While writing this article, an interesting fact comes to my mind. I've thought about it before and started wondering if there was an explanation for it. At our aero club we have two sections; a gliding section where members enjoy the beautiful sport of gliding, and a section with only motorized airplanes. What I noticed is the difference between members of both sections. Gliding is a sport that demands a lot of time. You arrive at the airfield in the morning to prepare everything for the flying day and it's only in the evening that you go home again, after a whole day of being active on the airfield and flying. It really is a team sport and people just enjoy being there and spending their time at the airfield. When you compare that to some of the members of the other section, the one with only motorized airplanes, you notice a remarkable difference. More and more, people just arrive at the airfield, go flying and go home again. They usually don't stay anymore hanging around the airfield like other people or like they used to. I don't know if that's a trend other people see on their airfield as well, but it's something I noticed and wondered how it comes.

Should we encourage people in aviation more to do this? Should we encourage young people, the aviators of tomorrow to keep the spirit and art of hangar flying alive? I don't know. But what I do know is that for me it is what makes aviation what it is, a beautiful way of life.

And maybe building this website could be my effort to keep this art form alive. So, let's keep telling stories, let's keep inspiring people and let's protect the joy of aviation.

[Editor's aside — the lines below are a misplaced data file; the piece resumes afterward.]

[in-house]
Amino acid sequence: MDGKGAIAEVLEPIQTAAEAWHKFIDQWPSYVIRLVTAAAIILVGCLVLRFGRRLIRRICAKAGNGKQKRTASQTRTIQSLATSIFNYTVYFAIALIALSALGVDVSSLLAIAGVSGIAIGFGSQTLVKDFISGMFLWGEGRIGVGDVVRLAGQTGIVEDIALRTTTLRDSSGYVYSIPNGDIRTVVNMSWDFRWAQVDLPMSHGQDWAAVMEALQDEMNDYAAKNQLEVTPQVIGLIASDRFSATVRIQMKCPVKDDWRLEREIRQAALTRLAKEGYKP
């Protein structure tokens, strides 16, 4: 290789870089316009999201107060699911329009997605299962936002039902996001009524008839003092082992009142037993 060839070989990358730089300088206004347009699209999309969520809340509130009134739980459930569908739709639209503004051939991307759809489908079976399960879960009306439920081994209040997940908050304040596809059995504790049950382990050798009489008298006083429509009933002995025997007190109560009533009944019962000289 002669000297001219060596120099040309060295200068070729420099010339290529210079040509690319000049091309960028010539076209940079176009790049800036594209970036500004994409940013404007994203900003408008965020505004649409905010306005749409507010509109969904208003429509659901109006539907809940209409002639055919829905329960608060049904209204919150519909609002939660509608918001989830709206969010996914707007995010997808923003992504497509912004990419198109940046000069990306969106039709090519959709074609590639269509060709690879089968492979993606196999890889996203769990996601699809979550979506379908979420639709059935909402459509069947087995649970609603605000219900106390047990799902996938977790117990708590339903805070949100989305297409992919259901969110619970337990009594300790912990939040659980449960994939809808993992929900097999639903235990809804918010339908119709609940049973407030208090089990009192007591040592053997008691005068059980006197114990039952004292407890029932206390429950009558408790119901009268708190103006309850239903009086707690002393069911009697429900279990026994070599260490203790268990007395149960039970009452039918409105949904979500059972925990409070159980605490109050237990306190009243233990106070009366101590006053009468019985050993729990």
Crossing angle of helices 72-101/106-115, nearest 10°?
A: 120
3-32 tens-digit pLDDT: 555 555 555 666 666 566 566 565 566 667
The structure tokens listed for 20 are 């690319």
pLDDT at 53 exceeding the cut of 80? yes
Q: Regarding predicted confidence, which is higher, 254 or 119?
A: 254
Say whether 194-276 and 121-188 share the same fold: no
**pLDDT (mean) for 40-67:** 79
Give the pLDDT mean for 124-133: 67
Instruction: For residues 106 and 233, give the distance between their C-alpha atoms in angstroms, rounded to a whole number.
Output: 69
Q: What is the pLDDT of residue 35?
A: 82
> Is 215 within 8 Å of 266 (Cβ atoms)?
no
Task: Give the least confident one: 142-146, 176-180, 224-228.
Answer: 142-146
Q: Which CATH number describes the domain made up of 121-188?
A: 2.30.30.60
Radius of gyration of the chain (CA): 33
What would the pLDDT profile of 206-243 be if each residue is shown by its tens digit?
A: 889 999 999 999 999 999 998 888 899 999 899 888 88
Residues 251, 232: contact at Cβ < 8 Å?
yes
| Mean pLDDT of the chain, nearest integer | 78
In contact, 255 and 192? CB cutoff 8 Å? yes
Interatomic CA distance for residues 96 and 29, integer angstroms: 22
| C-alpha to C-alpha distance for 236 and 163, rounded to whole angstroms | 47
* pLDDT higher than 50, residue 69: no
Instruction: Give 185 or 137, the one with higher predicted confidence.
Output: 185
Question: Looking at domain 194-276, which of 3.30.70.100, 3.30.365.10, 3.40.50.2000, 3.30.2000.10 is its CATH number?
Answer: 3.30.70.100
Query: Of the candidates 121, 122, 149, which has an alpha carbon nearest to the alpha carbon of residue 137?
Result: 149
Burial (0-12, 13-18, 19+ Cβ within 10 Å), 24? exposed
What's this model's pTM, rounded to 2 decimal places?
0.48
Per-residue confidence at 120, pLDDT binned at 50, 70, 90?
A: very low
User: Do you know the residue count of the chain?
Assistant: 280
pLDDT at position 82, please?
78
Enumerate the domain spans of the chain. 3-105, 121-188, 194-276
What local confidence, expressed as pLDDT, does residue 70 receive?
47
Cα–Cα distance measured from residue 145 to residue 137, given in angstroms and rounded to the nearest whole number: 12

What do you think, is there still plenty of camaraderie around the airports you fly at? Or is hangar flying really dying? We would love to hear your opinion about this in the comments! 

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About the author

senne

Senne Vandenputte

As a 21-year-old Belgian Business Management student, web designer, glider pilot, aviation blogger and founder of Hangar.Flights, Senne is passionate about aviation. He started gliding at age 14 and flew his first solo at 15. Now, he spends his time writing about aviation, creating and designing things, traveling, studying and of course, flying.

https://www.instagram.com/sennevdp/

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3 comments
flygirl

flygirl one year ago

I personally spend my whole weekend at the airfield, the "inner circle" of my club being there, and we just chat about a lot of stuff, airplanes, sports, the newest European regulations (which drive my FI up the wall on a regular basis...) but yeah I'd still say it's a dying art because all the other trainees just leave after their flight lesson. And we are a pretty family atmospheric club the bigger airfield overlooking Coburg is just like that with no family at all. They fly and leave again...Very sad...

ruben

ruben one year ago

@flygirl I think it's a problem everywhere... everyone got so little time time these day's, even for the things they enjoy

pilotmiguel21

pilotmiguel21 one year ago

@flygirl I really miss this about my integrated flight training. Now I'm flying on a course by myself in Texas and though I try to mingle and talk to the other pilots after each flight, it really sucks that most people come and go as if it was just business, forgetting the whole dream and joy of what sharing aviation with others is